“Taking aspirin or ibuprofen with a sweet, fizzy drink, like regular cola, can help absorption and boost blood-sugar levels to aid recovery,” says Professor MacGregor. If these don’t help, prescribed treatments range from beta-blockers (to prevent blood vessels in the head from dilating) to antidepressants (which keep the brain chemistry under control), to triptans designed to increase the levels of serotonin (a neurotransmitter found naturally in the brain).
“If nausea makes it impossible to take tablets, talk to your medical provider about alternative routes,” advises Professor MacGregor. “These include nasal sprays, suppositories and sumatriptan through an injectable device.”
2. Visualise the pain away
Relaxation techniques are very effective for dealing with pain, explains wellness consultant Sloan Sheridan-Williams. They can be a good solution if you want to manage pain without popping pills.
“Simply lie still, breathe in and out slowly, and relax various muscle groups, starting from the toes and working all the way up to the head,” says Sheridan-Williams. “Visualise the pain as a color or number and change the color from dark blacks and greys to bright whites and yellows. Or count down from 10 to one over a few minutes.”
3. Go to sleep
Heading somewhere quiet and dark could help when a migraine strikes. “During a migraine attack, many people find that lying down and resting their eyes is the most beneficial thing they can do,” says Sonia Khan, senior pharmacist at Medicine Direct.
“Try to rest in a dark room while the migraine attack occurs. This stops you from completing any tasks or performing any physical activity, which you will likely find strenuous if you have a severe migraine. It also removes any harsh lighting you may have recently encountered. So turn the lights off, draw the curtains and close your eyes. Similarly, try resting in a quiet environment to avoid noise.”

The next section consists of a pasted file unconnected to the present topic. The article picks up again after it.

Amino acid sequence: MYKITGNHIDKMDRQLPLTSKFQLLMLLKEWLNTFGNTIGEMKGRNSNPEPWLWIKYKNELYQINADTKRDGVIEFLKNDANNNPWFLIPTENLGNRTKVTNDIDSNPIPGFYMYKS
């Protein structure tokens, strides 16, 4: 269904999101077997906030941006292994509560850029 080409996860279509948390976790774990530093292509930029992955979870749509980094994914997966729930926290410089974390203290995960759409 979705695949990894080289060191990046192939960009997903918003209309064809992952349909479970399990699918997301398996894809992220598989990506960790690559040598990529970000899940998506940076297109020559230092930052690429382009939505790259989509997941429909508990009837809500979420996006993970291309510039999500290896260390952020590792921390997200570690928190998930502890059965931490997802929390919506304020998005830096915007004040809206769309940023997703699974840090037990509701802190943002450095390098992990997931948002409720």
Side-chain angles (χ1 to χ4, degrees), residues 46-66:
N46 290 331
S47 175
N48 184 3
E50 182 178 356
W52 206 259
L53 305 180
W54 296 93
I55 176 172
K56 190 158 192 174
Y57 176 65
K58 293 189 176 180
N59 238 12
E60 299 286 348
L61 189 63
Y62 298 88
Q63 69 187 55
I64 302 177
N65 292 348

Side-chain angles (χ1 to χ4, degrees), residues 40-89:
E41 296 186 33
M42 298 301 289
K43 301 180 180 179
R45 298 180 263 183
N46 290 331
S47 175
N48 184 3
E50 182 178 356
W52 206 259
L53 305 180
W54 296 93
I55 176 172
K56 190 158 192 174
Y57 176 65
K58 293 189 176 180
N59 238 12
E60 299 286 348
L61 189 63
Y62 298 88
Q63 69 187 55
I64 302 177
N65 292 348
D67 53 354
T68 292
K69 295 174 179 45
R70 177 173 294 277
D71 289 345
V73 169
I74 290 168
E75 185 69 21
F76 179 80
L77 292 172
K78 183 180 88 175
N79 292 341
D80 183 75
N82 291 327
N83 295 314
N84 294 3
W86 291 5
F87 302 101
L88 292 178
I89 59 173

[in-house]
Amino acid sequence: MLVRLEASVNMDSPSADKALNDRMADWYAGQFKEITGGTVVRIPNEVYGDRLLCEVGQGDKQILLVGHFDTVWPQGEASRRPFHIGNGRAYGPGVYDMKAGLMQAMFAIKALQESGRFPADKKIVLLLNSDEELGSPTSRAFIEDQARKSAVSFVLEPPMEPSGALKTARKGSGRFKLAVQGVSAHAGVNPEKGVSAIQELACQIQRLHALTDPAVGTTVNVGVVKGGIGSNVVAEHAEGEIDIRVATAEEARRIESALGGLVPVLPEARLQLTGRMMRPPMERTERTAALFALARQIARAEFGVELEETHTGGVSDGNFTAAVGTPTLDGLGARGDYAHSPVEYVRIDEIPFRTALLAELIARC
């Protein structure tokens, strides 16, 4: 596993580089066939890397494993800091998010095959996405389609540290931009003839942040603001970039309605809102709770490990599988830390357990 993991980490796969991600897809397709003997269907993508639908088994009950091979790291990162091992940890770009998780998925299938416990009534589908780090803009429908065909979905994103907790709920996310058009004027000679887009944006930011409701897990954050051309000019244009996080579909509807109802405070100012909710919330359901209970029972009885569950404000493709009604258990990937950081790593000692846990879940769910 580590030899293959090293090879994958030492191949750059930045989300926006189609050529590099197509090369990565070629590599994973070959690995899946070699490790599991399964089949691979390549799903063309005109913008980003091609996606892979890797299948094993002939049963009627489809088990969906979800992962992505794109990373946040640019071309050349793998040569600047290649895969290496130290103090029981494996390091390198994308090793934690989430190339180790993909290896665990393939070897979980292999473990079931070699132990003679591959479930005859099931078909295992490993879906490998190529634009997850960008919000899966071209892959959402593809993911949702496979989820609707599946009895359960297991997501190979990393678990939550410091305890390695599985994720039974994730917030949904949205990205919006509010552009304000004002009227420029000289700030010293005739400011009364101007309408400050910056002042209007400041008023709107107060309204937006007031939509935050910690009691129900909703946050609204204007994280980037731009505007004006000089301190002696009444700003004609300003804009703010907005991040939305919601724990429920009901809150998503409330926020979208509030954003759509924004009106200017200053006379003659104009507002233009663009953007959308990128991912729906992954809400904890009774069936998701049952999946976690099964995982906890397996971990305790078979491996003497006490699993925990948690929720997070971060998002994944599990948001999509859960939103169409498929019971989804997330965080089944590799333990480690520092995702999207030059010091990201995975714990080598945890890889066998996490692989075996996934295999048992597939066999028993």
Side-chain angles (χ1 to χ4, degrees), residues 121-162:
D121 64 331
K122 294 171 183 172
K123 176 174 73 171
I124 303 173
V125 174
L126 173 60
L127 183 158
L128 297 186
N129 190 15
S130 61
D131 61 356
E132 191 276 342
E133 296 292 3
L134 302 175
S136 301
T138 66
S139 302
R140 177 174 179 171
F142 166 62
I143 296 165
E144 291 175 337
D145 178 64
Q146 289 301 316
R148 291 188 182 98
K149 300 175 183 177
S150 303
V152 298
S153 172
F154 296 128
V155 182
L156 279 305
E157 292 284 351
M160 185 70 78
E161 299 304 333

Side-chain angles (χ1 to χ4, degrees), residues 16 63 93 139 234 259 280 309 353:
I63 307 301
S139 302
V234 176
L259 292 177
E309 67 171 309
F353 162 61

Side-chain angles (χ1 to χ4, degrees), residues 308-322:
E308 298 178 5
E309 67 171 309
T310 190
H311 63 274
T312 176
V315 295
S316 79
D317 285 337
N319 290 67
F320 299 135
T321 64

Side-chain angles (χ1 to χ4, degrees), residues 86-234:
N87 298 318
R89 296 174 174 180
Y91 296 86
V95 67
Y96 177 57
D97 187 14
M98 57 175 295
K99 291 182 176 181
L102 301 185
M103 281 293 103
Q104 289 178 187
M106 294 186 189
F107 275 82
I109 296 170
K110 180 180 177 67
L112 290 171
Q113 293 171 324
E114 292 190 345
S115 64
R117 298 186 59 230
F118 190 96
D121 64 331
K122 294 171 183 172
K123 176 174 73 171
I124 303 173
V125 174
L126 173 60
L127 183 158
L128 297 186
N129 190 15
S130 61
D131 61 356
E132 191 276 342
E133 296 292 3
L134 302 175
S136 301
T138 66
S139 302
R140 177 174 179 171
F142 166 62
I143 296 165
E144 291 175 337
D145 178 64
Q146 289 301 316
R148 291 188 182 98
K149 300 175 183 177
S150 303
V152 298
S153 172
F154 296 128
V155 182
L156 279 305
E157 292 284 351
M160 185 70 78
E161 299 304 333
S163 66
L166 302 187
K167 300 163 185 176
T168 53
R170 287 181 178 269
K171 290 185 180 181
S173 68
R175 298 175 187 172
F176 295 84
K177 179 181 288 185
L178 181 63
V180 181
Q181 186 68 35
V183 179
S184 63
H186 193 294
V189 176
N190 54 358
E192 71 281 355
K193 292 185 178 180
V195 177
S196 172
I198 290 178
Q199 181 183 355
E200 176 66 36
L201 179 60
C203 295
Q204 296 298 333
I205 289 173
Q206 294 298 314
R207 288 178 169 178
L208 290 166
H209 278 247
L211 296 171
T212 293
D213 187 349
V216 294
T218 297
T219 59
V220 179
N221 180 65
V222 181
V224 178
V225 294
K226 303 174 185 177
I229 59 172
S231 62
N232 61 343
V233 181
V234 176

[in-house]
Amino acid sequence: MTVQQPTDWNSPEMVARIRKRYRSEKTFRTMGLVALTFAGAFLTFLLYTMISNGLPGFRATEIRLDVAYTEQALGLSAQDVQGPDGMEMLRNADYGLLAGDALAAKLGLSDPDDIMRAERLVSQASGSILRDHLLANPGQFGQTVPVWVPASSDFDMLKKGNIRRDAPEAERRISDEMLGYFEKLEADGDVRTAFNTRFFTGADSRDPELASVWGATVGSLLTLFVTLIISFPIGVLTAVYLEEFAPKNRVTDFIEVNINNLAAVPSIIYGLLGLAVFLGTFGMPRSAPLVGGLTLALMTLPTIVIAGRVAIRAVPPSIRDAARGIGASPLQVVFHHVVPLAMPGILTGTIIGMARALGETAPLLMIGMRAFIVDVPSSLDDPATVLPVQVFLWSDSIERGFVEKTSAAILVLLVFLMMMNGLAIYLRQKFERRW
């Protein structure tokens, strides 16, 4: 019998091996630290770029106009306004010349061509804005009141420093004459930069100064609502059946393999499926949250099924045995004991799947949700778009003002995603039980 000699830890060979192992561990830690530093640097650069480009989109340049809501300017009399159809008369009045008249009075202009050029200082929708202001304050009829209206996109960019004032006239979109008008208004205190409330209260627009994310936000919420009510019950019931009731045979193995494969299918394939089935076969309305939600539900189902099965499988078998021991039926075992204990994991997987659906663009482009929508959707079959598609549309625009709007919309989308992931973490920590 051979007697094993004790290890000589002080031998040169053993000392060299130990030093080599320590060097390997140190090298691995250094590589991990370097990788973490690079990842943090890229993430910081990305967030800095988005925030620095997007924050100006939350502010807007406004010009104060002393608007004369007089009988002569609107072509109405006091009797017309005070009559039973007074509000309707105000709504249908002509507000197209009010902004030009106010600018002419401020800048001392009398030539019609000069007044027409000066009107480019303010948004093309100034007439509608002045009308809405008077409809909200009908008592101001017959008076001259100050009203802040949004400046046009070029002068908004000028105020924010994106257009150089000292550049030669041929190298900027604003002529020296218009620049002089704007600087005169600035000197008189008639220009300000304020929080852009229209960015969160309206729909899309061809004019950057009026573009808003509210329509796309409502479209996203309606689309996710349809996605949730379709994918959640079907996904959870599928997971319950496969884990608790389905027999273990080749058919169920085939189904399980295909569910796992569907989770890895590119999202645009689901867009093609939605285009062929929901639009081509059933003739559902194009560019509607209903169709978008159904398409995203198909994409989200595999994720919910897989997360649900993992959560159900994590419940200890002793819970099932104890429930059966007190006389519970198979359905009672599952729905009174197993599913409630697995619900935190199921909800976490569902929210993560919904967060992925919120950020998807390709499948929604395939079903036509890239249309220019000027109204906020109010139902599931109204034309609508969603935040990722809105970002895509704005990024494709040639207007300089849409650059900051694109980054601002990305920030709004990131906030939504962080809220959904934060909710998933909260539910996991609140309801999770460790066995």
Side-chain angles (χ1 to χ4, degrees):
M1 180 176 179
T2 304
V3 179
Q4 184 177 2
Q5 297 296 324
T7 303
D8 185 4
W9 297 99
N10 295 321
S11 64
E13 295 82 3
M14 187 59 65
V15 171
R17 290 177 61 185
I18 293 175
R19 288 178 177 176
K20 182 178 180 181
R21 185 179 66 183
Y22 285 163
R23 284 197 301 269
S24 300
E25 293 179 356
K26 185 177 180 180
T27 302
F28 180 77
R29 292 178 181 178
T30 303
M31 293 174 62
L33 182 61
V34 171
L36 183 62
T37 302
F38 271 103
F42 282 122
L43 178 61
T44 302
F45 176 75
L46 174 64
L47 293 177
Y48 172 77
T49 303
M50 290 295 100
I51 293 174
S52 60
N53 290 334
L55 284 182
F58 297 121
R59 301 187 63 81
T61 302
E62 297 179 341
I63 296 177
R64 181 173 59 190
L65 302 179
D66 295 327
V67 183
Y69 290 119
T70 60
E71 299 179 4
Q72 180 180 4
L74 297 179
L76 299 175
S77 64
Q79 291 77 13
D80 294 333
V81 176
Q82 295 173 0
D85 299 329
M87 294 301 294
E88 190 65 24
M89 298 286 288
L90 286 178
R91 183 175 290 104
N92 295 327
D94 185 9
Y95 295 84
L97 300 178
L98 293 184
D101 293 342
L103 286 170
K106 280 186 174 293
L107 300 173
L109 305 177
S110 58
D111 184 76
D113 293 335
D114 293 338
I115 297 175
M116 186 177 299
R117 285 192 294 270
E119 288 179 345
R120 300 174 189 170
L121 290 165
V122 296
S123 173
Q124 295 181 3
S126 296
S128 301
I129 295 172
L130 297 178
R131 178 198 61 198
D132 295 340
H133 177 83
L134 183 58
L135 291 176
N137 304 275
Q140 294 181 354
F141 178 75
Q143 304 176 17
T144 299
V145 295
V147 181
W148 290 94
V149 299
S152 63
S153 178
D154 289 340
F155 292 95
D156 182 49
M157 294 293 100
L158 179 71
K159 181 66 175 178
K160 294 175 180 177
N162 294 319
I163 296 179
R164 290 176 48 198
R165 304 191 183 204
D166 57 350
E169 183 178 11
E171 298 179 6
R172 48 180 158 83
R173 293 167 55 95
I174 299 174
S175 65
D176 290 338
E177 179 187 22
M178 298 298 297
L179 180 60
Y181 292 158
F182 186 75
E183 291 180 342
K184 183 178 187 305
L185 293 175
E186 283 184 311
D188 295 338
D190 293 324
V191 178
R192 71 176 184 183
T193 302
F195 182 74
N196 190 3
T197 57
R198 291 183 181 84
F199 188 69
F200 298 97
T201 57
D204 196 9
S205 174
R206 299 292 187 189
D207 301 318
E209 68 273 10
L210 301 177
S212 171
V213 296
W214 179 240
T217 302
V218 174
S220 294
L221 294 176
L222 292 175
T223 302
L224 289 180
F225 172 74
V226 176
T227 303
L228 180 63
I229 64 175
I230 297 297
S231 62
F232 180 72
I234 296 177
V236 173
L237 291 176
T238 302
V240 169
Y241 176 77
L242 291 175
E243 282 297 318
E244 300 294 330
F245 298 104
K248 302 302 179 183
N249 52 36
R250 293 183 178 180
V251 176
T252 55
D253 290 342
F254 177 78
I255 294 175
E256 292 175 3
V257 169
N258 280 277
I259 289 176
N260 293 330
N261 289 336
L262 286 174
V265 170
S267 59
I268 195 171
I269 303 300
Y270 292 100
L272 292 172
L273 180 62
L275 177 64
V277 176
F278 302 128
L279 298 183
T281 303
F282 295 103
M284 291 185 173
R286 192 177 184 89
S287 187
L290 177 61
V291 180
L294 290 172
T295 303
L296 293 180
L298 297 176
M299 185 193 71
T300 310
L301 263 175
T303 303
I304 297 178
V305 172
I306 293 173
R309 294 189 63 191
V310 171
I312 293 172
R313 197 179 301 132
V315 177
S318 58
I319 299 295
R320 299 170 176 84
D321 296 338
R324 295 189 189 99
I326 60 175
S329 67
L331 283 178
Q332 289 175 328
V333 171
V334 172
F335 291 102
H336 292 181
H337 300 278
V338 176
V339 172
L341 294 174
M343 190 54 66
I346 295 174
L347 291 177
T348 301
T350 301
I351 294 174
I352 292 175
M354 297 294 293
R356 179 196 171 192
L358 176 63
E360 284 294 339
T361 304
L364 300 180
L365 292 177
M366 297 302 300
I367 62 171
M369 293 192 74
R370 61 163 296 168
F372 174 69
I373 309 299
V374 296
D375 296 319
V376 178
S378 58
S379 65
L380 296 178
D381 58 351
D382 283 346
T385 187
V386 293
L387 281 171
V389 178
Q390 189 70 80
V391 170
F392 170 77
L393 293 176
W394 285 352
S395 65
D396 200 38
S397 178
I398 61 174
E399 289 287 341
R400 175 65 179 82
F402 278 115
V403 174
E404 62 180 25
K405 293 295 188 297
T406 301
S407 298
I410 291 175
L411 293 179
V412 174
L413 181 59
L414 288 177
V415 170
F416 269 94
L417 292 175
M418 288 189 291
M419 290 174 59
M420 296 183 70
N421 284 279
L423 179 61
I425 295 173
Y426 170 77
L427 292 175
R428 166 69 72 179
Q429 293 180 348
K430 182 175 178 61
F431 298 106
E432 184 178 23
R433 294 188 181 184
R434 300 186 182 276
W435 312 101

Adopting a regular sleep pattern is also another way to prevent a migraine from happening. “Sleep is vital for our overall health but is especially important for migraine sufferers,” says clinical nutritionist Suzie Sawyer. “The research (opens in new tab) examined by University of L'Aquila et al is still evolving as to why poor sleep affects migraine sufferers so acutely but it may be down to changes in the central nervous system and to brain neurotransmitter regulation.”
4. Try a new jab
Medication for migraines varies depending on where you are in the world. In the UK, ground-breaking treatment, in the form of calcitonin gene-related peptide (CGRP) inhibitors, which block the protein thought to cause inflammation and pain associated with migraine, has been approved by the NHS.
"It’s a real breakthrough," says Gemma Jolly, information and support services manager at The Migraine Trust. "CGRPs are the first migraine-specific preventive treatments that have been approved for use on the NHS." CGRP treatment is also approved to be used in the US, so speak to your medical provider if you think this could be a good treatment option for you.
5. Use Botox
Normally thought of as a way to minimize wrinkles in treatments like baby botox, Botox injections into the scalp have been offered on the NHS since 2011 to migraine sufferers. “I think of all the things that I’ve come across in the past 20 years for prevention, these have been the most beneficial,” says headache specialist Dr Andrew Dowson. “We normally give two injections three months apart.”
It's thought it may block chemicals that play a part in stimulating the pain of migraine. Botox injections are available from your medical provider, or on the NHS in the UK to those who have headaches on 15 or more days a month, of which eight of those days are migraines.
6. Drink herbal tea
Tea can help with overall hydration, which can prevent or relieve pain. Plus, depending on the type of tea, there are other benefits for your health and wellbeing, too. “Peppermint oil is used as an essential oil for headache or migraine,” says Sawyer. “You could put peppermint oil or fresh peppermint in a cup of hot water and inhale the steam and also drink the liquid. A study (opens in new tab) by the Shahrekord University of Medical Sciences found a drop of diluted peppermint oil dripped into the nose was effective in decreasing the intensity of headaches caused by migraine in about 42% of participants who tried it.”
And that’s not all. “Also, a study (opens in new tab) published by the Zanjan University of Medical Sciences found drinking a half teaspoon of powdered ginger in warm water helped reduce migraine severity,” says Sawyer.
7. Eat regularly
One way to cure migraine attacks in the future is to eat regularly, and snack before bed, especially if you ate early in the evening. It’s all to help keep blood sugar levels balanced. “It’s important not to miss meals either,” adds Sawyer.